Tuesday, January 8, 2019

Russia Doesn’t have a Constitution but Talk about Changing It to Extend Putin’s Power May Promote Its Creation, Pastukhov Says

Paul Goble

            Staunton, January 8 – 2019, Vladimir Pastukhov says, is likely to be a time of much discussion about how to amend the Russian constitution to allow Vladimir Putin to remain in power after 2024 rather than a year in which these changes will actually be enacted given the difficulties each of them presents.

            But “conversations about the Constitution are useful for Russian society” not because they will allow Putin to remain in office but rather because they will call attention to “the need to finally create and adopt a real basic law which the Russian people has never had and does not have up to the present” (mbk-news.appspot.com/sences/god-konstitucionnyx-fantazij/).

                A Russian constitution does not exist because someone sometime wrote a bad text,” the London-based Russian historian and commentator says. “There is no constitution because in society there has not been formed a constitutional consensus around those basic values which were written down in 1993 in Russia but have never been acknowledged there.”

            Moreover, he continues, “a Russian constitution does not exist because having formulated an encyclopedia of human rights, the pride of liberal thought of the 1990s, the Russian democratic movement “stopped short of creating constitutional institutions of power” that would prevent the post-communist nomenklatura from seizing and implementing power.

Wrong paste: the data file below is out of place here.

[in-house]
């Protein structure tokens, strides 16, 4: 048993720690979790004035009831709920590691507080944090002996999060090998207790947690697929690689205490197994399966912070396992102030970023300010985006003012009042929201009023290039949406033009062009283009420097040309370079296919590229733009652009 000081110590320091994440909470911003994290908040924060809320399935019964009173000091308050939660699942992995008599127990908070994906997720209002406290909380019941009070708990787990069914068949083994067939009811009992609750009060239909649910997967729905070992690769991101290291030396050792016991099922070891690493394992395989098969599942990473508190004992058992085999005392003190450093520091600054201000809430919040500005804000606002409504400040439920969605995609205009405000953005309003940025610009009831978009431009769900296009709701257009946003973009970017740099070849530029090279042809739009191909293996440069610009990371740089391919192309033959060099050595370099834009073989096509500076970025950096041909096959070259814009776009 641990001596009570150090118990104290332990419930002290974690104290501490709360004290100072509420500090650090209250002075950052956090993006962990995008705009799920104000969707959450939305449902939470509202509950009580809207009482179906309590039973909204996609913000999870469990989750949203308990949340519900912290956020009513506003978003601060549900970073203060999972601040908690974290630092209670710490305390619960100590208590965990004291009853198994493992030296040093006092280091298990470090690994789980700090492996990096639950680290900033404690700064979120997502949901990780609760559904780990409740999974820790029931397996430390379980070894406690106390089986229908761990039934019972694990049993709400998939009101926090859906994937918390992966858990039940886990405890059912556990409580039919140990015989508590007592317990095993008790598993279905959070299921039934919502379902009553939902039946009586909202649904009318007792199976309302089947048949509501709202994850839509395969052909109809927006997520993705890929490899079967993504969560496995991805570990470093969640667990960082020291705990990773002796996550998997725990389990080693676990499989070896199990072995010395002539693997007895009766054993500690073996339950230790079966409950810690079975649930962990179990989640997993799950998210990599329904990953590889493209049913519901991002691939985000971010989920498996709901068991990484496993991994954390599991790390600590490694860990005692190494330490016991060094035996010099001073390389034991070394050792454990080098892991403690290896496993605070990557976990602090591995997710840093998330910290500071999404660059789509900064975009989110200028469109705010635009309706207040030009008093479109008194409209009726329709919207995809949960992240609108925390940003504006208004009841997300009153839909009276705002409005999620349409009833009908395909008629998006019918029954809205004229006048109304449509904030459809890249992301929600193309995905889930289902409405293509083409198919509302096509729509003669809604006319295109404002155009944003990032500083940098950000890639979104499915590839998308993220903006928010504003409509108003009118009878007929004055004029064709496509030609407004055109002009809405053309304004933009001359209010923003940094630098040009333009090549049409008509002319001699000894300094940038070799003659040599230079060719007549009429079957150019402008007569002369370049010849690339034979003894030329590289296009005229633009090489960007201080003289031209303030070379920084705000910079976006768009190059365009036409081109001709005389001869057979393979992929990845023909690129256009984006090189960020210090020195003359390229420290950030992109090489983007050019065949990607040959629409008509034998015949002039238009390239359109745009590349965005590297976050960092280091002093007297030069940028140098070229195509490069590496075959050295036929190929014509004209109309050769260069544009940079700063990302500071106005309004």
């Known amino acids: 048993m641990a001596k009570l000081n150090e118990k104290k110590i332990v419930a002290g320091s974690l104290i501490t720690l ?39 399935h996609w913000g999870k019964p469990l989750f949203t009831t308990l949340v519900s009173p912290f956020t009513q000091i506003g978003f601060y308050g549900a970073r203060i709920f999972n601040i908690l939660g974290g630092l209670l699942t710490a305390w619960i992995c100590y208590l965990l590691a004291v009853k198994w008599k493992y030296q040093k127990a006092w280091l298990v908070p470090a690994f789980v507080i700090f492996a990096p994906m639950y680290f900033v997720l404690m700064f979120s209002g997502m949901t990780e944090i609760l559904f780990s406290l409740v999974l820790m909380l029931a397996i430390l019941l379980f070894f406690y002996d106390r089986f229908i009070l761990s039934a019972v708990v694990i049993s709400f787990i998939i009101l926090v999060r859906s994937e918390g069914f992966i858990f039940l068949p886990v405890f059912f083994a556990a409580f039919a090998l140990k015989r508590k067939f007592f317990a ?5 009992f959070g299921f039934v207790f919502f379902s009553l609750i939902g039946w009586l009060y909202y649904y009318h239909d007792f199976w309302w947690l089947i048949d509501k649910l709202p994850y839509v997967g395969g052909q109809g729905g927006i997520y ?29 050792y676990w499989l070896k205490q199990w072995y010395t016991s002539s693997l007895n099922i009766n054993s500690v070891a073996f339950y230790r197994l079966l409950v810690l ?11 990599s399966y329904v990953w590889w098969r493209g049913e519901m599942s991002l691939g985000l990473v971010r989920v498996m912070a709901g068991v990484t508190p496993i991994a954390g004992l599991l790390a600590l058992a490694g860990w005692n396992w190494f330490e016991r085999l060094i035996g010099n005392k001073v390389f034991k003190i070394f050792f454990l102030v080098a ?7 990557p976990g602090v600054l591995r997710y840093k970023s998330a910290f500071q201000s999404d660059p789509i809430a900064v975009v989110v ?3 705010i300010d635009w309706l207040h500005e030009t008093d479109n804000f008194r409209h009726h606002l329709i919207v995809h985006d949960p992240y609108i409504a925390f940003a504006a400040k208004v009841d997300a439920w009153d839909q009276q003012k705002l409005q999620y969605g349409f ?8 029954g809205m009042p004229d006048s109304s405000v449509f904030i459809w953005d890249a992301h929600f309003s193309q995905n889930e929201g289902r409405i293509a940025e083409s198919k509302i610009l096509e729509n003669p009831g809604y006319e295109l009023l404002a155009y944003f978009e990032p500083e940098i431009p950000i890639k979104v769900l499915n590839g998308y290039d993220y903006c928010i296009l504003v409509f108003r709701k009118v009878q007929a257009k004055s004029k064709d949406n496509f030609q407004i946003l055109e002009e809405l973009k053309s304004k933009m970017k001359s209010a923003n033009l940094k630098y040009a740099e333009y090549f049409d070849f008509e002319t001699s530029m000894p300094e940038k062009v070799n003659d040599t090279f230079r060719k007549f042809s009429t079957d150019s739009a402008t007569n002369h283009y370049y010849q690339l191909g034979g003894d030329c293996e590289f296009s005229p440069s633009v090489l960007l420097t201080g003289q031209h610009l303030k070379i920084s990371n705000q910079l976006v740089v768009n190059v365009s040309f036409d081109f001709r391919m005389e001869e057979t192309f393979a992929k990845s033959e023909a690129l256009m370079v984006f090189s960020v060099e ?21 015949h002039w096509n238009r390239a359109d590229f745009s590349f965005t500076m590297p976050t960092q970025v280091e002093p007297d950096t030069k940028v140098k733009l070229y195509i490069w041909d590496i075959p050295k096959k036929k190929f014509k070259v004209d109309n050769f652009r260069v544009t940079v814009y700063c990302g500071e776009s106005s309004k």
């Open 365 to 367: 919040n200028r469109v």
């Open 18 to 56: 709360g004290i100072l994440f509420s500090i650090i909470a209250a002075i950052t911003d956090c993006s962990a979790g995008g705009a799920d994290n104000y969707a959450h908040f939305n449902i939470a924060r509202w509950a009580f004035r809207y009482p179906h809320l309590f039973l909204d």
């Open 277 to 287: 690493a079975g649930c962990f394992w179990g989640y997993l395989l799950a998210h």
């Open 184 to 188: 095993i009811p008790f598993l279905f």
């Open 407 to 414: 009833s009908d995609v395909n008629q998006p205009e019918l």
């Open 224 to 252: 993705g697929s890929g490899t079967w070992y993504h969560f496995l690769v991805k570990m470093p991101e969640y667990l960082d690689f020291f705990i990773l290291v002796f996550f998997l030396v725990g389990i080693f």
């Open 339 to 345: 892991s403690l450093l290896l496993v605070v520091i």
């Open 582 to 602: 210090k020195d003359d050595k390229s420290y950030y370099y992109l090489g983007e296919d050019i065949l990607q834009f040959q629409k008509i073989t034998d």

“The liberal mountain gave birth to a constitutional mouse by having written into the basic law a mechanism which in no way limits the personal power of the leader. There aren’t even plenums and a Politburo” in its language, Pastukhov continues.

            Specific changes or a complete rewrite will not make the current document a constitution. “Everything must begin from zero” with a careful taking into account of “all that positive and negative experience” of the last 25 years so that the mistakes of that period won’t be enshrined and thus repeated.

            “A real constitutional reform in Russia,” the London historian says, would involve the full and uncompromising dismantling of the empire and its transformation into a nation state, with genuine federalism and local administration, a strong central government possibly “on the basis of a parliamentary republic with a president who would guarantee the constitution rather than be a protector of understandings.”

            That would be “a real revolution, perhaps the most grandiose of all the revolutions which Russia has experienced in its history,” Pastukhov continues.  But according to the historian, to make this revolution will require the appearance of a generation “which does not have any Soviet experience or ensuring nostalgia for the USSR.”

            “This generation,” he says, “will come to the time of its political maturity not in 2024 but by 2030; and it will need fresh and dramatic ideas.” The current discussions may spark the appearance of what is needed even if those who are organizing such talk have entirely different plans.

No comments:

Post a Comment